Daily Management Review

Sterling Decimated by ‘Flash Crash’


Sterling Decimated by ‘Flash Crash’
Driven by computer-initiated sell orders that left the pound at a fresh 31-year-low and heading for its worst week since January 2009, Sterling lost a tenth of its value in minutes on Friday, in what traders said was a "flash crash".
As anxiety grows that Britain will opt for a "hard" exit from the European Union, the pound has been under pressure for most of this week. From levels around $1.2600, it dived about 10 percent to $1.1378  in a matter of minutes in thin early Asian trade on Friday.
After it appeared Prime Minister Theresa May had opted for a tougher exit from Europe, the drop in Asia came after French President Francois Hollande said the EU needed to remain firm with Britain. Investors were left fretting about the pound's future due to the hardline stance from both parties.
"Of course, some in the market may see sterling's overnight volatility to be the result of French President Hollande demanding tough Brexit negotiations. The new British government under May appears to have chosen an economic course which could bear substantial risks," said Hans Redeker, head of currency strategy at Morgan Stanley.
While still down 2.7 percent on the day, Sterling recovered and was last fetching $1.2275. Before easing to 90.66 pence, up 2.5 percent, the euro also rose to 94.03 pence, its highest since early 2009. All of which saw the sterling trade-weighted index down 1.6 percent at 74.7, its lowest since January 2009.
Due to worries about May's comments on loose monetary policy, which some saw as a thinly veiled attack on the Bank of England and about how Britain will exit the EU, global markets have been on edge in recent days.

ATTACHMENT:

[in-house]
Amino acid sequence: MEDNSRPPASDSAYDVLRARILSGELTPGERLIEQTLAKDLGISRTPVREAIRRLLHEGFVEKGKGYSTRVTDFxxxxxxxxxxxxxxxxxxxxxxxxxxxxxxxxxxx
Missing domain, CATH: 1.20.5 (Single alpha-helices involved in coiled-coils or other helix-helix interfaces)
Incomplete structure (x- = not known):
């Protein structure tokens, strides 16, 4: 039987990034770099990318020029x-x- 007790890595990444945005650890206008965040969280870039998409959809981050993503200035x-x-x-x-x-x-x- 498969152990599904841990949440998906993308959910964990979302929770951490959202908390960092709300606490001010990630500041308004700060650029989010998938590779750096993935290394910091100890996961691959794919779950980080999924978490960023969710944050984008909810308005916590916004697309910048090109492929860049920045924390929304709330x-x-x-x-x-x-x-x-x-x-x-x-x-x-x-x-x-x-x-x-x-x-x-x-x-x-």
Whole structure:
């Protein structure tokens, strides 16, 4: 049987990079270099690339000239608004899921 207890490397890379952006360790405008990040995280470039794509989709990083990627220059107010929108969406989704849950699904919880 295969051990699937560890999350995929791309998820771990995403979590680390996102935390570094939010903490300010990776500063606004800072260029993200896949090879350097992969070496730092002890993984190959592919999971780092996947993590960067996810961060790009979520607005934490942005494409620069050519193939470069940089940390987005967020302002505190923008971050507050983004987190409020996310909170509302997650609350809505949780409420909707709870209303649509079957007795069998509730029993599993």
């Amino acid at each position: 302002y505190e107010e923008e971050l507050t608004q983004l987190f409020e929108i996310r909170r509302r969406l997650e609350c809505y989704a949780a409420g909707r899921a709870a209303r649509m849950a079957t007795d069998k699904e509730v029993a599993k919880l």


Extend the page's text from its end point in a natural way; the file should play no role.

A hard Brexit, where Britain gives up full access to the single market in order to impose full control on its borders, is what May's government is leaning towards, believes many investors. The foreign investment needed to fund Britain's huge current account deficit, one of the biggest in the developed world, could get constricted and trade could be hindered, some fear. The pound is forecast to drop to $1.10 and parity against the euro by the end of 2017 by HSBC on Friday.
"The pound used to be a relatively simple currency that used to trade on cyclical events and data, but now it has become a political and structural currency. This is a recipe for weakness given (Britain's) twin (budget and current account) deficits," HSBC's global head of FX research David Bloom said.
Traders, including computer-driven algorithms, would be spooked as the Sterling is set for a weekly loss of 5.4 percent, trading below the psychological $1.25 mark and removing various technical support levels on the move lower.
"Once the pound started moving lower, then more technical algos could have followed suit, compounding the short, sharp, selling pressure," said Kathleen Brooks, research director at City Index. "Thus, the pound has been the victim of the digital, headline-driven world that we live in. For sterling, algorithms have become the modern-day version of a George Soros."

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